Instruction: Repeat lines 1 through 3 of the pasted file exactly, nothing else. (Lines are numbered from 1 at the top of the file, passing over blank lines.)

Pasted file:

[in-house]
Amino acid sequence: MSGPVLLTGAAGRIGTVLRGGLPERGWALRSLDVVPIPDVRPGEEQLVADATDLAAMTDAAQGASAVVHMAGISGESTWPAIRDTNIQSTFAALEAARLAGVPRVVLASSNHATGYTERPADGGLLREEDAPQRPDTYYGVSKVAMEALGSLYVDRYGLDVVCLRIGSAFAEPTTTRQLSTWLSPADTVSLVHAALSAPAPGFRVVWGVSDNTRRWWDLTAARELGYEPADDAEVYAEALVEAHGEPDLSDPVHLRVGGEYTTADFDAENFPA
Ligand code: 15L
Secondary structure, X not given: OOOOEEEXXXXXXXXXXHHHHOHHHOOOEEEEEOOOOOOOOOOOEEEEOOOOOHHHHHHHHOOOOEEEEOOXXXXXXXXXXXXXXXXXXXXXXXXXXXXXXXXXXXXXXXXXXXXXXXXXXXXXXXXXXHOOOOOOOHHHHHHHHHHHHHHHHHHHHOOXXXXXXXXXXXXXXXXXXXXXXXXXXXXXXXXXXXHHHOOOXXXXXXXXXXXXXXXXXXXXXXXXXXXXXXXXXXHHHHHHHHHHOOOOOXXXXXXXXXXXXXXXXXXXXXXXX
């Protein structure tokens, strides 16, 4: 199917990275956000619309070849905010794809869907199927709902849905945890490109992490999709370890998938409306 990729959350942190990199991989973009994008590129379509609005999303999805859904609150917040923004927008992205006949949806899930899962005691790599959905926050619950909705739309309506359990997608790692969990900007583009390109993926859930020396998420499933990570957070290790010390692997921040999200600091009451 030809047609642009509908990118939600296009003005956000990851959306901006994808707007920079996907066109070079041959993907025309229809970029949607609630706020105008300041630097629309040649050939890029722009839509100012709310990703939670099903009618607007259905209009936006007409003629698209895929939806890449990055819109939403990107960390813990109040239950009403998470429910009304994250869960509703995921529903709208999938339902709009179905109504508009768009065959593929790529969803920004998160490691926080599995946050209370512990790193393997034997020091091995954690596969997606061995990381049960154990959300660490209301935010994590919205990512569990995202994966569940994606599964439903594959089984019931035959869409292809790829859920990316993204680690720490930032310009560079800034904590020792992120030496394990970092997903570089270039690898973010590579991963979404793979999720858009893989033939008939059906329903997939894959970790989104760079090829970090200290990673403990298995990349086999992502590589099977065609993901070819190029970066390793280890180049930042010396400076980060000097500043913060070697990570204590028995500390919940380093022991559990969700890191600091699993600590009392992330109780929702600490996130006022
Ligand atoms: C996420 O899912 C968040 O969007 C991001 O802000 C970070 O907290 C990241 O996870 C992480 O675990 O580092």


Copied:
[in-house]
Amino acid sequence: MSGPVLLTGAAGRIGTVLRGGLPERGWALRSLDVVPIPDVRPGEEQLVADATDLAAMTDAAQGASAVVHMAGISGESTWPAIRDTNIQSTFAALEAARLAGVPRVVLASSNHATGYTERPADGGLLREEDAPQRPDTYYGVSKVAMEALGSLYVDRYGLDVVCLRIGSAFAEPTTTRQLSTWLSPADTVSLVHAALSAPAPGFRVVWGVSDNTRRWWDLTAARELGYEPADDAEVYAEALVEAHGEPDLSDPVHLRVGGEYTTADFDAENFPA
Ligand code: 15L